By CNN Staff
(CNN) -- A major blizzard that has hammered the Midwest, prompting road closures, school cancellations and power outages, is expected to weaken Friday.
"The blizzard and heavy snows affecting the Midwest into the Great Lakes will continue throughout the evening hours of Thursday and finally begin to wind down by Friday," the National Weather Service said.
But still light snowfall is expected to continue in a large swath of area from the Ohio Valley to New England, forecasters said.
The severe weather caused problems in many areas in the past few days.
Blinding snow also is blamed for a 30-car pileup on Interstate 35 near Fort Dodge, Iowa. Two people died, including a 43-year-old Arkansas woman, Sgt. Scott Bright of the Iowa State Patrol said Wednesday.
At least 20,000 customers were without power in Iowa early Friday, most of them in the Des Moines area, according to MidAmerican Energy.
The storm -- the first blizzard of the season -- made travel treacherous throughout the region. Nebraska authorities temporarily closed much of snow-packed Interstate 80 through the state Thursday as blowing snow dangerously reduced visibility. The interstate was reopened later.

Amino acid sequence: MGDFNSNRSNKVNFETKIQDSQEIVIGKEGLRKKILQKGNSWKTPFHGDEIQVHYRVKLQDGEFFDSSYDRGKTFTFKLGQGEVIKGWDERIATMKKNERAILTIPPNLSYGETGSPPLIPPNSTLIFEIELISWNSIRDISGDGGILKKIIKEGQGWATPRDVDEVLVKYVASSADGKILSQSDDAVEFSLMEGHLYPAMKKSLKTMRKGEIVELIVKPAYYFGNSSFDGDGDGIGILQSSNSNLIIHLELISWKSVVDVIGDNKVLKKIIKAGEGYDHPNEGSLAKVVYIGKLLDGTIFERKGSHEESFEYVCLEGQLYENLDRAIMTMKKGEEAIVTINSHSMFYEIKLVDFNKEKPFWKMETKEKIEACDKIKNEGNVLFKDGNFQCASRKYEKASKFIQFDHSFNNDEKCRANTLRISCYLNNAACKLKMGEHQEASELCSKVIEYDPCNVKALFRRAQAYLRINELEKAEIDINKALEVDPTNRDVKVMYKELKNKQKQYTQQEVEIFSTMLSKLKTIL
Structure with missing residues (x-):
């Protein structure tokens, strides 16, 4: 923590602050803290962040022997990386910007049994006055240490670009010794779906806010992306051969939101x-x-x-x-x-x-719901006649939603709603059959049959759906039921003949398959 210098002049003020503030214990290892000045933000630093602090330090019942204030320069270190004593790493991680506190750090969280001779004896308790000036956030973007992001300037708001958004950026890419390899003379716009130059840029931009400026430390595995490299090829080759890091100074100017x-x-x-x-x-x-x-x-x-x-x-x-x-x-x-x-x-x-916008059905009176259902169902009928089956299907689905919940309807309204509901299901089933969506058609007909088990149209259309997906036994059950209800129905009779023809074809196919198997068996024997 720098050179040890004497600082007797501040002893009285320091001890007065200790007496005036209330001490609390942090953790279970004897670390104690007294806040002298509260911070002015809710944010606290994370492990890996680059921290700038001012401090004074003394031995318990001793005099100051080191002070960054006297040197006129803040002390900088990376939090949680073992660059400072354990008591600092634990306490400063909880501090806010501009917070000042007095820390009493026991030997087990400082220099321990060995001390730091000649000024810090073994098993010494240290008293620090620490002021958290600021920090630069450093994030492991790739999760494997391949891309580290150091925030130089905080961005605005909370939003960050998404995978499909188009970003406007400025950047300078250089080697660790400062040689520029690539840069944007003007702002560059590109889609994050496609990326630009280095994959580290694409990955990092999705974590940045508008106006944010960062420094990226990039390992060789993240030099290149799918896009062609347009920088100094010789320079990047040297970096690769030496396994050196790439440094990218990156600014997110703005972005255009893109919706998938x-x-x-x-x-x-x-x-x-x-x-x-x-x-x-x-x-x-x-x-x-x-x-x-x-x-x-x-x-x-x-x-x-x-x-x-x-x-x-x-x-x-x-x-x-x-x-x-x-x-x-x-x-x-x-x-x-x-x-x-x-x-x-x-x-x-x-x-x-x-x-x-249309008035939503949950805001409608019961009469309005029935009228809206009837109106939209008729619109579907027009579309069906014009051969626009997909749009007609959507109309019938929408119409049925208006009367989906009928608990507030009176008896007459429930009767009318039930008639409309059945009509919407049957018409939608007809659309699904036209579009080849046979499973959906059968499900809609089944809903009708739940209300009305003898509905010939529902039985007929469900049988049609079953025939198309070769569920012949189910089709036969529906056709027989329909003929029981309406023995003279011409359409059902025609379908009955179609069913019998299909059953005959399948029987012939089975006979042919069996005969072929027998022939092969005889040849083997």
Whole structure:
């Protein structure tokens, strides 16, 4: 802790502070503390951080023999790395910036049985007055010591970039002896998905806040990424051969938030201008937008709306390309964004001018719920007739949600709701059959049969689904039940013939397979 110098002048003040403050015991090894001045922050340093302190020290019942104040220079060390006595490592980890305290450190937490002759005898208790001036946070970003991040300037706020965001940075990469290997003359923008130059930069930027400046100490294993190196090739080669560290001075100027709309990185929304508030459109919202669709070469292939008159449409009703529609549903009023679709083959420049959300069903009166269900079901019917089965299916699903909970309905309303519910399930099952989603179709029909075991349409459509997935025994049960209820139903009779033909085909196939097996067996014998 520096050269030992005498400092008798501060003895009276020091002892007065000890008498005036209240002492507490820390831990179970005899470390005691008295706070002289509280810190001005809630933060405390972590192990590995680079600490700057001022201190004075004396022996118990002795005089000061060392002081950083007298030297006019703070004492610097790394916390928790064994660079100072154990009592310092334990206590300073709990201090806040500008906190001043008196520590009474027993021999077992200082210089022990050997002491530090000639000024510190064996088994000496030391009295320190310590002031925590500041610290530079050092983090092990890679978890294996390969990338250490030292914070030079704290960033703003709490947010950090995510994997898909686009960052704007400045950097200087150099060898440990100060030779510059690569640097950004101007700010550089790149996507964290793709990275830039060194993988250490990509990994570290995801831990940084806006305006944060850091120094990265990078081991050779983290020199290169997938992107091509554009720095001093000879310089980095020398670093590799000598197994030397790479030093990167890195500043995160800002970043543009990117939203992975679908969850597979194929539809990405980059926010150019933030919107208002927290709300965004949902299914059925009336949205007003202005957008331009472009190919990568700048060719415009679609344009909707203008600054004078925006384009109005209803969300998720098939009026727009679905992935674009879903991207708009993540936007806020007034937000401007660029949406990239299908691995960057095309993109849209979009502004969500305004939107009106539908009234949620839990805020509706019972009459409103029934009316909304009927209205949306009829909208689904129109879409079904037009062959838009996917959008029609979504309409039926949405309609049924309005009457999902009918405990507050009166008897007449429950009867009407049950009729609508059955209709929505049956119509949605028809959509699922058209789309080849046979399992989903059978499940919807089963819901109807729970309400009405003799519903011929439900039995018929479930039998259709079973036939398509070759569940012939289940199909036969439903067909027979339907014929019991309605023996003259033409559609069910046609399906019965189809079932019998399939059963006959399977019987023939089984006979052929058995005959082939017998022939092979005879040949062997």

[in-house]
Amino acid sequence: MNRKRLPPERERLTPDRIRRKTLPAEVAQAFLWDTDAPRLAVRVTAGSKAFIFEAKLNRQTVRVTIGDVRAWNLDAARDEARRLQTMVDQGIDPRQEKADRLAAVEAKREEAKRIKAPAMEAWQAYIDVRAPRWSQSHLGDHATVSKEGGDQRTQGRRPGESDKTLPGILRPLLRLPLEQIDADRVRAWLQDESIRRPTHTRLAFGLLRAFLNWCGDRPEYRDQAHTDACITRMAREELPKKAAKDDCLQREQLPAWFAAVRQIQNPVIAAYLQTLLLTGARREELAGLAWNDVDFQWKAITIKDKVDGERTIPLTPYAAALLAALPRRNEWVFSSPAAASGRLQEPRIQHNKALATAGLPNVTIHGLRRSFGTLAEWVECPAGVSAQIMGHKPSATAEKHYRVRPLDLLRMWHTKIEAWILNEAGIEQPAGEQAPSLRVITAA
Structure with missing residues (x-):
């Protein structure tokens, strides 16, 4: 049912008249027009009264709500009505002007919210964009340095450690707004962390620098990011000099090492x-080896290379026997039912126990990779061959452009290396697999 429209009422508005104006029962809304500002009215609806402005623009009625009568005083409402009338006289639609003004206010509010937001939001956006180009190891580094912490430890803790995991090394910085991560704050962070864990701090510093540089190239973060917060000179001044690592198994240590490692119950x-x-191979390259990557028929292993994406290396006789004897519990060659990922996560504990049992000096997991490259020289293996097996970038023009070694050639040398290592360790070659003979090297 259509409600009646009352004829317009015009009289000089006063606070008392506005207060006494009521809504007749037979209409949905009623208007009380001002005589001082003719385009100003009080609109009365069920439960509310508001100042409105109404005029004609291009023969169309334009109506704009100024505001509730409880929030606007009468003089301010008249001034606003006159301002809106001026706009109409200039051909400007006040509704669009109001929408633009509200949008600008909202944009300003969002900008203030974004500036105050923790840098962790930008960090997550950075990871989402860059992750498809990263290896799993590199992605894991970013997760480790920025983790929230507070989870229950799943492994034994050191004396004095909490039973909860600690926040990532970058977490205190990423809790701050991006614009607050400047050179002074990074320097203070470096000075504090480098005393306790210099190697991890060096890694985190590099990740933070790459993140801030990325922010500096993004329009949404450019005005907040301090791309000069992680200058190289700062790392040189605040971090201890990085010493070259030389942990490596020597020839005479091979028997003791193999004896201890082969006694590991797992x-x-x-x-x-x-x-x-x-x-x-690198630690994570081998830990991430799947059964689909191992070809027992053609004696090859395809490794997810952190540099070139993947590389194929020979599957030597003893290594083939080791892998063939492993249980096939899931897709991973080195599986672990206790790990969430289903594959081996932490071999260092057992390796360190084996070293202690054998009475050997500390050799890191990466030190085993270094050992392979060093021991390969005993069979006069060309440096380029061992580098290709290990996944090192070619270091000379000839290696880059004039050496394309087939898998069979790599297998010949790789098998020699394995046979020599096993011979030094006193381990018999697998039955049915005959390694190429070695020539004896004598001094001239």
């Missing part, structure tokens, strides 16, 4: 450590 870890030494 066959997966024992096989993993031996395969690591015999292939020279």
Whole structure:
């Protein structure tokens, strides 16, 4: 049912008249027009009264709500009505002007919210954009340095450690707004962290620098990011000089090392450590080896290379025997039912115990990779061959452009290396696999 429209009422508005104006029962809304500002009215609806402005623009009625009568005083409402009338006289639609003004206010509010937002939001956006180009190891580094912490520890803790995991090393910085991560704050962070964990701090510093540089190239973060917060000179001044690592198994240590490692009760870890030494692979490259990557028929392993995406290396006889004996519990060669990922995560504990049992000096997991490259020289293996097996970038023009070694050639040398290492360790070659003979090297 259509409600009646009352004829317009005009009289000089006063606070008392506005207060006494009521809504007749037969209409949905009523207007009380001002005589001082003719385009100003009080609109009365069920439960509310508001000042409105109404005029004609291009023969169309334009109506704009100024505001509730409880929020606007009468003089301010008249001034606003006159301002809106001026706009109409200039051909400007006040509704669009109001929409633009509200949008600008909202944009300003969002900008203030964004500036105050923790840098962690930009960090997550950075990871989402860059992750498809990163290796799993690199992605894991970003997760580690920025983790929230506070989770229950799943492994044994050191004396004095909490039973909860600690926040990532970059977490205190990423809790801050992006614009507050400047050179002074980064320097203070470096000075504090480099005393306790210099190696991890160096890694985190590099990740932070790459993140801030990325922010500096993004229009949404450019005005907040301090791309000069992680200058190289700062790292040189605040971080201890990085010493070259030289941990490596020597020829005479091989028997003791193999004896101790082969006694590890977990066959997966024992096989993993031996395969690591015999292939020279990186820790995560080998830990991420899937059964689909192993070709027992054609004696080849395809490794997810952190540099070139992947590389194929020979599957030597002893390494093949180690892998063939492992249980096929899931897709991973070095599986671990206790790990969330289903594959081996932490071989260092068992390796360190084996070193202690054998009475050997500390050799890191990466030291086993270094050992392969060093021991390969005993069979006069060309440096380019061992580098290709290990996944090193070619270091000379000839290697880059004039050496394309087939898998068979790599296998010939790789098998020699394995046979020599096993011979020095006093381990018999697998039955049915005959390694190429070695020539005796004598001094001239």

But motorists were advised to be cautious.
Things were not much better in Iowa, Bright said.
"When the winds start to blow, you can see about 5 feet in front of your vehicle" he said. "We've had major issues all over the place. We got around 10 to 12 inches throughout the state and it's a wet snow. We have around an inch of ice on our roadways."
Close to 100 accidents had been reported in Iowa by late Thursday morning, Bright said.
In Wisconsin, Gov. Scott Walker declared a state of emergency, put the National Guard and state patrol on standby and closed state offices to the public in 20 counties most likely to be affected by the storm. Employees were still expected to report for work.
As much as 7 inches was already on the ground Thursday in parts of southern Wisconsin.
The Wisconsin State Patrol and National Weather Service urged people to avoid traveling.
CNN's Stefan Simons, Jim Kavanagh, Jareen Imam, Laura Smith-Spark, Carma Hassan and Joe Sutton contributed to this report.